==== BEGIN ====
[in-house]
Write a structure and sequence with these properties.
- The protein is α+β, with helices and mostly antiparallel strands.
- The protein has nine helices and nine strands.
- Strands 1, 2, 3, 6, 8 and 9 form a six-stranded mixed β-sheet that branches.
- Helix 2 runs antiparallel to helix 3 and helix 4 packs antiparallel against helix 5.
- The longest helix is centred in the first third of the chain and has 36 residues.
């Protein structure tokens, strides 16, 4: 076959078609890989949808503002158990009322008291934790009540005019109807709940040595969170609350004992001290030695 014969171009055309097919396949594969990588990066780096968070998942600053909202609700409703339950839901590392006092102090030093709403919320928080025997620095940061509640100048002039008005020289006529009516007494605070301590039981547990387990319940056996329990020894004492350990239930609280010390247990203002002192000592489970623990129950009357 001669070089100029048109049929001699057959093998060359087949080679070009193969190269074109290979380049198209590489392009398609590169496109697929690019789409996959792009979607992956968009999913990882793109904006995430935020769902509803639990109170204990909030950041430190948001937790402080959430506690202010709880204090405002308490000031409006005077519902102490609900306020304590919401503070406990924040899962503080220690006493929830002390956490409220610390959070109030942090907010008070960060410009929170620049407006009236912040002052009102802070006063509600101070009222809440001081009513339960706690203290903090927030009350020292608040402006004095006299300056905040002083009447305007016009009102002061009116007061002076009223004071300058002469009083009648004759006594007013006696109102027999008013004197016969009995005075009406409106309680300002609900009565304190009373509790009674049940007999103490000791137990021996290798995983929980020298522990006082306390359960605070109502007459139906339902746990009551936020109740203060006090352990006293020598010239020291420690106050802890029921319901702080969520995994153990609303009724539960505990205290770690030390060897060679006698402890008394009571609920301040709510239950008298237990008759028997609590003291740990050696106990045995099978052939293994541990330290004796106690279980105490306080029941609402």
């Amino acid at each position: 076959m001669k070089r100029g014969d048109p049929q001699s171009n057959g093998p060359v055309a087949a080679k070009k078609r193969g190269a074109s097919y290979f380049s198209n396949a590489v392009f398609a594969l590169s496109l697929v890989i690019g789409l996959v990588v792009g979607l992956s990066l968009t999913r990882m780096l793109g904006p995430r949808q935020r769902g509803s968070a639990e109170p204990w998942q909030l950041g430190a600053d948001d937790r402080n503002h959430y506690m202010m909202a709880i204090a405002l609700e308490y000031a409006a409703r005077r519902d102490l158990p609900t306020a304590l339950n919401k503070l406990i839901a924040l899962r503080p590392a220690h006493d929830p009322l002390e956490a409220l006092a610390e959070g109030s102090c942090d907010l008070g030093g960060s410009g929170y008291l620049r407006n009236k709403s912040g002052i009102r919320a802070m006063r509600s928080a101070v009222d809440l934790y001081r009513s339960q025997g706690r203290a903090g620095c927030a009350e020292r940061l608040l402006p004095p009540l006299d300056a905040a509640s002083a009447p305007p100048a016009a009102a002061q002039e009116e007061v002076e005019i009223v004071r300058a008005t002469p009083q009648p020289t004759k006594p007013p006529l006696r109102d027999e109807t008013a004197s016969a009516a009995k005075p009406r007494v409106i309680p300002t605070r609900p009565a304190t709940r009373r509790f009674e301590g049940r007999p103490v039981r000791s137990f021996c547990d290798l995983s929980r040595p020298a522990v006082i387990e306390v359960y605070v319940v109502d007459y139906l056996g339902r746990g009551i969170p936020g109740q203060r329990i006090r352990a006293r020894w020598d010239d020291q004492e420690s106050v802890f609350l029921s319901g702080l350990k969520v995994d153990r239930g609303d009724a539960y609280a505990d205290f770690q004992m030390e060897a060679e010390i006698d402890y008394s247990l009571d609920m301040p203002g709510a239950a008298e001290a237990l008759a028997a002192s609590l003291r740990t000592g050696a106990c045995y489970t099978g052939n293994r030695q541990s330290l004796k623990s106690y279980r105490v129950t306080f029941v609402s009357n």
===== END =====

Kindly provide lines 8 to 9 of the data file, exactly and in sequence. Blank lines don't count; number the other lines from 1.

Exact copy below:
């Protein structure tokens, strides 16, 4: 076959078609890989949808503002158990009322008291934790009540005019109807709940040595969170609350004992001290030695 014969171009055309097919396949594969990588990066780096968070998942600053909202609700409703339950839901590392006092102090030093709403919320928080025997620095940061509640100048002039008005020289006529009516007494605070301590039981547990387990319940056996329990020894004492350990239930609280010390247990203002002192000592489970623990129950009357 001669070089100029048109049929001699057959093998060359087949080679070009193969190269074109290979380049198209590489392009398609590169496109697929690019789409996959792009979607992956968009999913990882793109904006995430935020769902509803639990109170204990909030950041430190948001937790402080959430506690202010709880204090405002308490000031409006005077519902102490609900306020304590919401503070406990924040899962503080220690006493929830002390956490409220610390959070109030942090907010008070960060410009929170620049407006009236912040002052009102802070006063509600101070009222809440001081009513339960706690203290903090927030009350020292608040402006004095006299300056905040002083009447305007016009009102002061009116007061002076009223004071300058002469009083009648004759006594007013006696109102027999008013004197016969009995005075009406409106309680300002609900009565304190009373509790009674049940007999103490000791137990021996290798995983929980020298522990006082306390359960605070109502007459139906339902746990009551936020109740203060006090352990006293020598010239020291420690106050802890029921319901702080969520995994153990609303009724539960505990205290770690030390060897060679006698402890008394009571609920301040709510239950008298237990008759028997609590003291740990050696106990045995099978052939293994541990330290004796106690279980105490306080029941609402």
């Amino acid at each position: 076959m001669k070089r100029g014969d048109p049929q001699s171009n057959g093998p060359v055309a087949a080679k070009k078609r193969g190269a074109s097919y290979f380049s198209n396949a590489v392009f398609a594969l590169s496109l697929v890989i690019g789409l996959v990588v792009g979607l992956s990066l968009t999913r990882m780096l793109g904006p995430r949808q935020r769902g509803s968070a639990e109170p204990w998942q909030l950041g430190a600053d948001d937790r402080n503002h959430y506690m202010m909202a709880i204090a405002l609700e308490y000031a409006a409703r005077r519902d102490l158990p609900t306020a304590l339950n919401k503070l406990i839901a924040l899962r503080p590392a220690h006493d929830p009322l002390e956490a409220l006092a610390e959070g109030s102090c942090d907010l008070g030093g960060s410009g929170y008291l620049r407006n009236k709403s912040g002052i009102r919320a802070m006063r509600s928080a101070v009222d809440l934790y001081r009513s339960q025997g706690r203290a903090g620095c927030a009350e020292r940061l608040l402006p004095p009540l006299d300056a905040a509640s002083a009447p305007p100048a016009a009102a002061q002039e009116e007061v002076e005019i009223v004071r300058a008005t002469p009083q009648p020289t004759k006594p007013p006529l006696r109102d027999e109807t008013a004197s016969a009516a009995k005075p009406r007494v409106i309680p300002t605070r609900p009565a304190t709940r009373r509790f009674e301590g049940r007999p103490v039981r000791s137990f021996c547990d290798l995983s929980r040595p020298a522990v006082i387990e306390v359960y605070v319940v109502d007459y139906l056996g339902r746990g009551i969170p936020g109740q203060r329990i006090r352990a006293r020894w020598d010239d020291q004492e420690s106050v802890f609350l029921s319901g702080l350990k969520v995994d153990r239930g609303d009724a539960y609280a505990d205290f770690q004992m030390e060897a060679e010390i006698d402890y008394s247990l009571d609920m301040p203002g709510a239950a008298e001290a237990l008759a028997a002192s609590l003291r740990t000592g050696a106990c045995y489970t099978g052939n293994r030695q541990s330290l004796k623990s106690y279980r105490v129950t306080f029941v609402s009357n």